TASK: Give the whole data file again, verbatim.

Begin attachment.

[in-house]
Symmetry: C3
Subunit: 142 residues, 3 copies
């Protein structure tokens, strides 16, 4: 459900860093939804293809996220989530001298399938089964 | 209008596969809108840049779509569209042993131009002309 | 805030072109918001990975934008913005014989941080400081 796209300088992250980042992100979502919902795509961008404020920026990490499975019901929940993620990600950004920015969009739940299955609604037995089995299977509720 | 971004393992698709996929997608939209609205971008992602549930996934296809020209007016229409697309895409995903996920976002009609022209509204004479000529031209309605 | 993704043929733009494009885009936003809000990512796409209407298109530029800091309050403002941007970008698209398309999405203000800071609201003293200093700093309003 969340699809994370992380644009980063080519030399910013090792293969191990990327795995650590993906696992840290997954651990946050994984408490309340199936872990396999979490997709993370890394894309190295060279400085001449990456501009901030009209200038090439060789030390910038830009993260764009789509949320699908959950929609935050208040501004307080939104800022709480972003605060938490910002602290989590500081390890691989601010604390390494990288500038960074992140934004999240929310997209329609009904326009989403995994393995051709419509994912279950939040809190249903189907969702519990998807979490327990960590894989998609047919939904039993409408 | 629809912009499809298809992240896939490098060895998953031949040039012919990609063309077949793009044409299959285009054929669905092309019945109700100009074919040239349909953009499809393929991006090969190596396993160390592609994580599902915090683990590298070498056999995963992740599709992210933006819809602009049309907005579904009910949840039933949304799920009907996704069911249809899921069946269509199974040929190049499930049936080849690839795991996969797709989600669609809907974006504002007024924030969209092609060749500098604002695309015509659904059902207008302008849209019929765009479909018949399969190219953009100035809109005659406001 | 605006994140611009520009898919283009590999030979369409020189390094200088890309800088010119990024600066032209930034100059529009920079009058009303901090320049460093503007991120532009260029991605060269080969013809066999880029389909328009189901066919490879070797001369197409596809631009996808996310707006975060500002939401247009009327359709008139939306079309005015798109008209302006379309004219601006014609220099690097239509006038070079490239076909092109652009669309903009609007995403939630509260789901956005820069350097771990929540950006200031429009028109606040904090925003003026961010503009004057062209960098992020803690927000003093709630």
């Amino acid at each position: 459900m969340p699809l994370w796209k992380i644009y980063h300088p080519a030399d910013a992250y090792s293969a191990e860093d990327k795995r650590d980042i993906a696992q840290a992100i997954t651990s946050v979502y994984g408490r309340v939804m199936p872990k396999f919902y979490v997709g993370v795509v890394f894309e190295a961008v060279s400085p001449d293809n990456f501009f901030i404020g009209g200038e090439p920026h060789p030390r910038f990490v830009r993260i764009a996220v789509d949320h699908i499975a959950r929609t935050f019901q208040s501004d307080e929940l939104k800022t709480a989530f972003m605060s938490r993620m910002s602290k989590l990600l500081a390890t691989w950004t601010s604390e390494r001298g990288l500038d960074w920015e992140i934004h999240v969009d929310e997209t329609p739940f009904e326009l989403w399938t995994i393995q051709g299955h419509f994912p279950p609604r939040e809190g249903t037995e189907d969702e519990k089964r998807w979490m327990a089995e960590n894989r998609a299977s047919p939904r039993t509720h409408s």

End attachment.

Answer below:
[in-house]
Symmetry: C3
Subunit: 142 residues, 3 copies
């Protein structure tokens, strides 16, 4: 459900860093939804293809996220989530001298399938089964 | 209008596969809108840049779509569209042993131009002309 | 805030072109918001990975934008913005014989941080400081 796209300088992250980042992100979502919902795509961008404020920026990490499975019901929940993620990600950004920015969009739940299955609604037995089995299977509720 | 971004393992698709996929997608939209609205971008992602549930996934296809020209007016229409697309895409995903996920976002009609022209509204004479000529031209309605 | 993704043929733009494009885009936003809000990512796409209407298109530029800091309050403002941007970008698209398309999405203000800071609201003293200093700093309003 969340699809994370992380644009980063080519030399910013090792293969191990990327795995650590993906696992840290997954651990946050994984408490309340199936872990396999979490997709993370890394894309190295060279400085001449990456501009901030009209200038090439060789030390910038830009993260764009789509949320699908959950929609935050208040501004307080939104800022709480972003605060938490910002602290989590500081390890691989601010604390390494990288500038960074992140934004999240929310997209329609009904326009989403995994393995051709419509994912279950939040809190249903189907969702519990998807979490327990960590894989998609047919939904039993409408 | 629809912009499809298809992240896939490098060895998953031949040039012919990609063309077949793009044409299959285009054929669905092309019945109700100009074919040239349909953009499809393929991006090969190596396993160390592609994580599902915090683990590298070498056999995963992740599709992210933006819809602009049309907005579904009910949840039933949304799920009907996704069911249809899921069946269509199974040929190049499930049936080849690839795991996969797709989600669609809907974006504002007024924030969209092609060749500098604002695309015509659904059902207008302008849209019929765009479909018949399969190219953009100035809109005659406001 | 605006994140611009520009898919283009590999030979369409020189390094200088890309800088010119990024600066032209930034100059529009920079009058009303901090320049460093503007991120532009260029991605060269080969013809066999880029389909328009189901066919490879070797001369197409596809631009996808996310707006975060500002939401247009009327359709008139939306079309005015798109008209302006379309004219601006014609220099690097239509006038070079490239076909092109652009669309903009609007995403939630509260789901956005820069350097771990929540950006200031429009028109606040904090925003003026961010503009004057062209960098992020803690927000003093709630």
């Amino acid at each position: 459900m969340p699809l994370w796209k992380i644009y980063h300088p080519a030399d910013a992250y090792s293969a191990e860093d990327k795995r650590d980042i993906a696992q840290a992100i997954t651990s946050v979502y994984g408490r309340v939804m199936p872990k396999f919902y979490v997709g993370v795509v890394f894309e190295a961008v060279s400085p001449d293809n990456f501009f901030i404020g009209g200038e090439p920026h060789p030390r910038f990490v830009r993260i764009a996220v789509d949320h699908i499975a959950r929609t935050f019901q208040s501004d307080e929940l939104k800022t709480a989530f972003m605060s938490r993620m910002s602290k989590l990600l500081a390890t691989w950004t601010s604390e390494r001298g990288l500038d960074w920015e992140i934004h999240v969009d929310e997209t329609p739940f009904e326009l989403w399938t995994i393995q051709g299955h419509f994912p279950p609604r939040e809190g249903t037995e189907d969702e519990k089964r998807w979490m327990a089995e960590n894989r998609a299977s047919p939904r039993t509720h409408s």